Study under review: Effects of High vs. Low Glycemic Index of Post-Exercise Meals on Sleep and Exercise Performance: A Randomized, Double-Blind, Counterbalanced Polysomnographic Study
Getting enough quality sleep is important for overall health. Although the function of sleep is not yet fully understood, it is generally accepted that by promoting the maintenance and recovery of the central nervous system and physical recovery, sleep serves as an important regulator of numerous biological aspects, maintaining vital physiological functions, metabolic homeostasis, learning, and memory.
In recent years, there has been a growing interest among the scientific community in the potential effects of sleep on athletic performance, since there are many reasons why sleep could theoretically impact it, as outlined in Figure 1. Despite the finding that athletes generally seem to exhibit similar, or even slightly better, sleep duration and quality than the general public, many athletes have been consistently shown to sleep less than recommended. Moreover, sleep in athletes can also be undermined by competition, not just due to disturbances in mood, anxiety, and psychological stress, but also because of the great physical stress of high-volume or high-intensity exercise.
With sleep being an important part of the post-exercise recovery process, adequate quality sleep after exercise and before subsequent exercise bouts or athletic events is imperative for promoting sufficient recovery and optimal performance. As such, several strategies, including nutritional interventions to improve sleep, have been investigated. One such nutritional intervention involves carbohydrate consumption, as some research suggests that high carbohydrate or high glycemic index meals ingested close to bedtime may improve sleep by increasing blood tryptophan levels.
Despite the potential effects of carbohydrate consumption on sleep, and the potential effects of sleep on exercise performance, relatively little research has been conducted to investigate the links between these variables. Moreover, there is currently no research examining the effects of post-exercise carbohydrates on sleep and the subsequent effects on next-day exercise performance. The study under review aimed to add to the literature by investigating the effects of a high vs. low glycemic index (GI) meal after an evening high-intensity training (HIT) session on sleep quantity and quality, and on the following morning’s exercise performance in recreationally-trained men.
Sleep has been identified as an important factor contributing to optimal exercise recovery and athletic performance. However, the physical stress of high-intensity exercise may negatively affect sleep. While scientific evidence suggests that nutritional interventions involving carbohydrate ingestion close to bedtime can potentially improve sleep and subsequent exercise performance, little relevant research has been conducted to date. The study under review was the first to investigate the effects of a high vs. low glycemic index meal after an evening high-intensity exercise session on sleep and next-day exercise performance.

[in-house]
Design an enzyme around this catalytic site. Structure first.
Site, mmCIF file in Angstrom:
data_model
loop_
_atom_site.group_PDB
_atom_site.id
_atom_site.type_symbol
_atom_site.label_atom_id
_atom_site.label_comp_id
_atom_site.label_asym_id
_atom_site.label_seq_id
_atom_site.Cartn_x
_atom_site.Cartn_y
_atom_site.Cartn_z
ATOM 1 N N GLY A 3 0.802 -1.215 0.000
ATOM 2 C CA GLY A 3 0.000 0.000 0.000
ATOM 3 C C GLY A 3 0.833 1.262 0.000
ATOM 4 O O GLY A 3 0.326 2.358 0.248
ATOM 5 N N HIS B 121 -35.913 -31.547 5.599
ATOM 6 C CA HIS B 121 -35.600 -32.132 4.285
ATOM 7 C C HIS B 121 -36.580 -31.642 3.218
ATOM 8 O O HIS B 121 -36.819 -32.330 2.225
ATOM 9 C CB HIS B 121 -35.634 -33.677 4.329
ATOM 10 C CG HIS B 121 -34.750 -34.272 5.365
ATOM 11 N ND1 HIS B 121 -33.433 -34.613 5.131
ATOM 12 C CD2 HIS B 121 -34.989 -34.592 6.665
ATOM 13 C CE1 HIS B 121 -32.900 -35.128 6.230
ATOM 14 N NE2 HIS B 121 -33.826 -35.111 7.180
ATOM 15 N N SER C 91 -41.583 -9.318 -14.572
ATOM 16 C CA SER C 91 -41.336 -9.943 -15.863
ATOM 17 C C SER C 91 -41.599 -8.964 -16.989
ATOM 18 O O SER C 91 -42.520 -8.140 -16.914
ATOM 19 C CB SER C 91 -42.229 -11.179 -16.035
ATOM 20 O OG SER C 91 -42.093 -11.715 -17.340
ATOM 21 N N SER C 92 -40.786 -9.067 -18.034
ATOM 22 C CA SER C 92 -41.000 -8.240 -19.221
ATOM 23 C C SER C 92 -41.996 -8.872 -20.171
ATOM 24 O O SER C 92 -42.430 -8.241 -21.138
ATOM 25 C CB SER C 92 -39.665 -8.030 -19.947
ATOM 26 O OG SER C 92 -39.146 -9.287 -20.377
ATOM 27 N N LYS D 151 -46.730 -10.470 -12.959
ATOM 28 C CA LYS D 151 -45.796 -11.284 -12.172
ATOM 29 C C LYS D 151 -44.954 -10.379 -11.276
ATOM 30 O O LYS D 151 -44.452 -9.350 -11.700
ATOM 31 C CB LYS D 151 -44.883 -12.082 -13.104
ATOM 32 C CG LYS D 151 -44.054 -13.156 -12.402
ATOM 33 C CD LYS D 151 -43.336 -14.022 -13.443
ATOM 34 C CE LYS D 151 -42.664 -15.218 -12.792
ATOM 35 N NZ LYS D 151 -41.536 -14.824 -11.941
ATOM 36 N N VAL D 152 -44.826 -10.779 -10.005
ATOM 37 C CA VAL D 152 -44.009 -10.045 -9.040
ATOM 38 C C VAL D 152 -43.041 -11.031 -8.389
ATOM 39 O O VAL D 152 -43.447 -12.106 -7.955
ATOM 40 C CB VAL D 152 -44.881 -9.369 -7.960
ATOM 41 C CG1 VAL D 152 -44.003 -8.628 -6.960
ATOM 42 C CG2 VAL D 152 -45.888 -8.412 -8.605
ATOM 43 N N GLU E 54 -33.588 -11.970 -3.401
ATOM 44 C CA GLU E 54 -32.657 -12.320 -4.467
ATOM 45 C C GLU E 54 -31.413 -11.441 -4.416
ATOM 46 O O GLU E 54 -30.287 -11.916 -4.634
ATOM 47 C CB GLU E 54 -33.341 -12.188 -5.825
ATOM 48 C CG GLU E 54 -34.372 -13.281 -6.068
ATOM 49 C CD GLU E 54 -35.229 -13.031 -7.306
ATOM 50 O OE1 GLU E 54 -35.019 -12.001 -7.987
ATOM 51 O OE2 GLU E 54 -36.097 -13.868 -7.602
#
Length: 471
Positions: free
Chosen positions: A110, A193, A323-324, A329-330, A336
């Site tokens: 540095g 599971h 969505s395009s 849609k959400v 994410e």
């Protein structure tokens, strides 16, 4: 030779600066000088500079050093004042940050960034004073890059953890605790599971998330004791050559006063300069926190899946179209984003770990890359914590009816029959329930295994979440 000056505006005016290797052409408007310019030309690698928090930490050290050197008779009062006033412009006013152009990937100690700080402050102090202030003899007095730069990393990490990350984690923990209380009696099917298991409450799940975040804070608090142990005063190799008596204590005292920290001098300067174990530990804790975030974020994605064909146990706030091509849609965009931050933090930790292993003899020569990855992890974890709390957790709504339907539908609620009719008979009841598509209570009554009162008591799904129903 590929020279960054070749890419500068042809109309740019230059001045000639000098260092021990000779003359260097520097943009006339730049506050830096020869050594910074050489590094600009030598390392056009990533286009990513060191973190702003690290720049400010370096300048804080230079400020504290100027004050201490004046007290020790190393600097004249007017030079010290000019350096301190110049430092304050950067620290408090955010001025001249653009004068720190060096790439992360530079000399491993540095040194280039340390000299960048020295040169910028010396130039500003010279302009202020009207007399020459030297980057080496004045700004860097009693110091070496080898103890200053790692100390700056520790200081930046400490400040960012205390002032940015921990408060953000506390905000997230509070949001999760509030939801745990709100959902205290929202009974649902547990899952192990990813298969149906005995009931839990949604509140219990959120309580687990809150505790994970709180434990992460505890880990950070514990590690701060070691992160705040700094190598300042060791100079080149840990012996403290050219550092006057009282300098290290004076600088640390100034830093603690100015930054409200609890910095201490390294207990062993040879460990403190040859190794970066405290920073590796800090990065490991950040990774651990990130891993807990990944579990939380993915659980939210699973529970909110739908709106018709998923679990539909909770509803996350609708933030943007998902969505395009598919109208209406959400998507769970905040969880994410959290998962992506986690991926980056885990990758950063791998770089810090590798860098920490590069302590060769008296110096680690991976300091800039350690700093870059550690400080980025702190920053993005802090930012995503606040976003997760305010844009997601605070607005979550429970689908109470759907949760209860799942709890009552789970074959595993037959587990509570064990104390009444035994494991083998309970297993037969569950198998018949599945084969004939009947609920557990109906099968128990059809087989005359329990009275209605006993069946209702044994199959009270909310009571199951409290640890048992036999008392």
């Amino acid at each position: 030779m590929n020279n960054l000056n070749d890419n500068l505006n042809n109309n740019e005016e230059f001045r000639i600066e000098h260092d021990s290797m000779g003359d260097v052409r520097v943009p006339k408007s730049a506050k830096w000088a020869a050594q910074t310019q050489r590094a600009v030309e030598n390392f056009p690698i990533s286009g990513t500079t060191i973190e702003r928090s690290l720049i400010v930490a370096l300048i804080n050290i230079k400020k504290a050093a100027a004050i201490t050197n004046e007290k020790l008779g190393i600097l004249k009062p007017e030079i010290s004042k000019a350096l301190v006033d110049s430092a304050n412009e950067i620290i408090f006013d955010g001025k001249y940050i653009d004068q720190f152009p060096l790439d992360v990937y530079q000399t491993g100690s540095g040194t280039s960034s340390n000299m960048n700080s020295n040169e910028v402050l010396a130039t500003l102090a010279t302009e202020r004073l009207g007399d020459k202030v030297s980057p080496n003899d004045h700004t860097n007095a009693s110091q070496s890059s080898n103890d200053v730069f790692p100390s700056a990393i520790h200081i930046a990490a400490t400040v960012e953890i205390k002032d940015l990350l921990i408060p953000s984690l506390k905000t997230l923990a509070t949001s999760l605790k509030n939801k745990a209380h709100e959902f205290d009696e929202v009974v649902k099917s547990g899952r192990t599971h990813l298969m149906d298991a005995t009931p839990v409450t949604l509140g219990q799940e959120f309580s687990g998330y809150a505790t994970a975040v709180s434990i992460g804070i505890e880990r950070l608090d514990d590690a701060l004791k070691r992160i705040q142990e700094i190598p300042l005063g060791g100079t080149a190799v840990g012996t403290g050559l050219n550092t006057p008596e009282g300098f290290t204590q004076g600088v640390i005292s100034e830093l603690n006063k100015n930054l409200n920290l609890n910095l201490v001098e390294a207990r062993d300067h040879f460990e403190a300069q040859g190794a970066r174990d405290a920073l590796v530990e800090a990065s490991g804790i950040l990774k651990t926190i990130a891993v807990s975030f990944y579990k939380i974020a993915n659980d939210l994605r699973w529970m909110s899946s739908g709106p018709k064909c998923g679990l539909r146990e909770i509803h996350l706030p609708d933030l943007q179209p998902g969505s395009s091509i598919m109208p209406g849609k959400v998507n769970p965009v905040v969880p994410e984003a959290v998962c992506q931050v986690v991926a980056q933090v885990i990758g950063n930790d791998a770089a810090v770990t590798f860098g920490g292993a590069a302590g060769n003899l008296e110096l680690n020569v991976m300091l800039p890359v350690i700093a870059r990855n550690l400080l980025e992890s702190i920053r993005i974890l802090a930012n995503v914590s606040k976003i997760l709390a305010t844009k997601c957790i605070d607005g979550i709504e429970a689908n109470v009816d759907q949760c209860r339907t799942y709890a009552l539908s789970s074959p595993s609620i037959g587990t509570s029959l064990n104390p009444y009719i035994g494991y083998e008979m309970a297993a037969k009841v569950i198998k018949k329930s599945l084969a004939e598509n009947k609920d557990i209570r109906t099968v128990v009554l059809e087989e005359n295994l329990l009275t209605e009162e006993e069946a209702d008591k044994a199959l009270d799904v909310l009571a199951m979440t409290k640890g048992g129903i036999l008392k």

Other Articles in Issue #52 (February 2019)
Individual differences in cardio-metabolic response to caffeine may not predict its benefits on endurance performance
Caffeine doesn't benefit every athlete to the same extent. This study aimed to discover if the ergogenic effects of caffeine could be predicted by certain physiological responses to it.
Carnivores convert carnitine, but can vegetarians?
Trimethylamine N-oxide (TMAO) is associated with an increased disease risk. It's manufactured with the help of the gut microbiome from L-carnitine. Vegetarians make less TMAO from L-carnitine than omnivores do. The question is: why?
Can lemon balm help manage type 2 diabetes mellitus?
Lemon balm is a plant that may have antidiabetic and cardiovascular effects. This study explored how it impacts glycemic control and cardiovascular risk factors in people with type 2 diabetes.
Do low carbohydrate diets increase cardiovascular risk?
This meta-analysis found that low carb diets bump up LDL-C levels slightly. What's less clear is how much this matters.
Interview: Jason M. Valadão, MD, MA, MLS, Lieutenant Commander, US Navy
We chat with physician, naval officer, and author Jason Valadão about the nutritional strategies he uses with his patients, his top tip for gaining control of exercise and diet routines, and more.
The anti-inflammatory effect of a vegan versus American Heart Association-recommended diet in coronary artery disease
Inflammation plays a major role in cardiovascular disease. This study examined whether a vegan or AHA-recommended diet can make a bigger impact on a major inflammatory marker in people with coronary artery disease.
Interview: Shavawn M. Forester PhD, RDN
In this chat with the Chief Science Officer of The Nutrient Institute, we discuss science communication, her take on some popular nutrition topics, and more.